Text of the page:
Lesson 4: Strategies for Promoting and Restoring Ethical Practices for Online Instructors

Having thoroughly explored so many corners where ethical issues can hide in the persona of an online instructor, you should now be qualified to come up with a rudimentary list of simple strategies that will help enforce ethics for the e-teacher. Something to think about. Here is an list of legal Do's and Don't's by Dr. Ramon C. Barquin of the Computer Ethics Institute[6]:


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Ten Commandments of Computer Ethics

  • Thou shalt not use a computer to harm other people.
  • Thou shalt not interfere with other people's computer work.
  • Thou shalt not snoop around in other people's files.
  • Thou shalt not use a computer to steal.
  • Thou shalt not use a computer to bear false witness.
  • Thou shalt not copy or use proprietary software for which you have not paid.
  • Thou shalt not use other people's computer resources without authorization or proper compensation.
  • Thou shalt not appropriate other people's intellectual output.
  • Thou shalt think about the social consequences of the program you write or the system you design.
  • Thou shalt use a computer in ways that show consideration of and respect for your fellow humans.

Copyright: Computer Ethics Institute Author: Dr. Ramon C. Barquin


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A Summary of some more subtle DOs and DO NOTs for the e-Instructor that might be extrapolated from our human-level ethical discussions here may include:

DO:

  • Appreciate the crucial role of moderator you will play as instructor of a collaborative course.
  • Assess prior knowledge and experiences to tailor a differentiated approach to instruction.
  • Consider contextual analysis of best practices previously successful in similar courses.
  • Exercise compassion, understanding, and awareness of the classroom's emotional domain.
  • Foster active learning communities within classes that openly share gathered experiences.
  • Get to know your students and contemporaries (throughout the course) via practices like interviews, conversations, and surveys.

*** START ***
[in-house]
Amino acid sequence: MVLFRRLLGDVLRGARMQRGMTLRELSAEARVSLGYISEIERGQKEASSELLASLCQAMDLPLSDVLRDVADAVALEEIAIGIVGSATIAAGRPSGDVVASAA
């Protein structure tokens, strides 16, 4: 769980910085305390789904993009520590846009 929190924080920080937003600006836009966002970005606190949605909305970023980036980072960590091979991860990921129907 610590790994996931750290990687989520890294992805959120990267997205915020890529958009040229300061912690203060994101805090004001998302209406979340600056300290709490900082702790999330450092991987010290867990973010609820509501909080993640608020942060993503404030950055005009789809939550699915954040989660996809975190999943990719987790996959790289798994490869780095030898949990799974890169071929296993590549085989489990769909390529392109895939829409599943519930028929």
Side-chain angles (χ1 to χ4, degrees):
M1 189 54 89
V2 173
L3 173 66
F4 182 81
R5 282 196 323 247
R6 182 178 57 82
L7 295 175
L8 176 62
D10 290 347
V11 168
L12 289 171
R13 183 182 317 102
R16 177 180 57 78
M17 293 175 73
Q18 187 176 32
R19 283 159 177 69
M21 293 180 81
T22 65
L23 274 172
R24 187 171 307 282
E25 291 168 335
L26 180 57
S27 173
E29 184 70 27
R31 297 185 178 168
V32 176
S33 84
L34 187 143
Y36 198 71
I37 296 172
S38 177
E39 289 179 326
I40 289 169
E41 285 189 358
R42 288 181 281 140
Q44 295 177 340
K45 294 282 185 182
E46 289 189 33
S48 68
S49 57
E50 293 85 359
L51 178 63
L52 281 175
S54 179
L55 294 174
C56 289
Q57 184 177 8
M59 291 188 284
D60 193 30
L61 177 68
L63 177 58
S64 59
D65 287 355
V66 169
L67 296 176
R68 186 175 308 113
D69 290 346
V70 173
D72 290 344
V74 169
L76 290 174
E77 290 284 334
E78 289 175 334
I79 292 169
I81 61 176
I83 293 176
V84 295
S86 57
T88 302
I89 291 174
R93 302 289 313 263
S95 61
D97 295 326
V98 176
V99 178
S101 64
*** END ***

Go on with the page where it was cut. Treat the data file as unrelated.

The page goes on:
• Keep the broad learning goal in mind, and consider how your students' characteristics and technical aspects of the course can work together for everyone's success.
  • Maintain a positive atmosphere that welcomes exchange of ideas without resignation.
  • Prepare for ethical scenarios by research and/or role playing before starting an online class.
  • Provide a strong social presence that students can depend on for answers and guidelines.
  • Provide a variety of evaluative techniques to capitalize on academic strengths.
  • Provide frequent and consistent feedback to help guide students to ethical online practices.
  • Uphold firm copyright and fair use principles, and keep consistent with consequences.
  • Welcome feedback from administrators, developers, students, and other instructors.
  • Work with knowledgeable developers to provide quality interface, materials, and resources.

DO NOT:

  • Alienate developers or ignore their vital roles during or after the training process.
  • Disempower students by belittling contributions or ignoring academic strengths
  • Focus so strongly on global completion of content delivery that students' characteristics, needs, and motivators are subjugated.
  • Globalize behavioral expectations of distance learners.
  • Ignore signs of discord or conflict, or delay intervention.
  • Ignore formal audience information gathering techniques like focus groups, expert panels, published research these will help strengthen instructor preparedness for ethical issues.
  • Jump into an e-instructor's role with the singly selfish motivations like monetary gain or tenure.
  • Trivialize your role of moderator/mediator/facilitator of online conflict and dialog
  • Underplay or counteract the socioemotional human presence in the virtual classroom
  • View the position of e-instructor as a black and white block schedule of information presentation, without ethical considerations.
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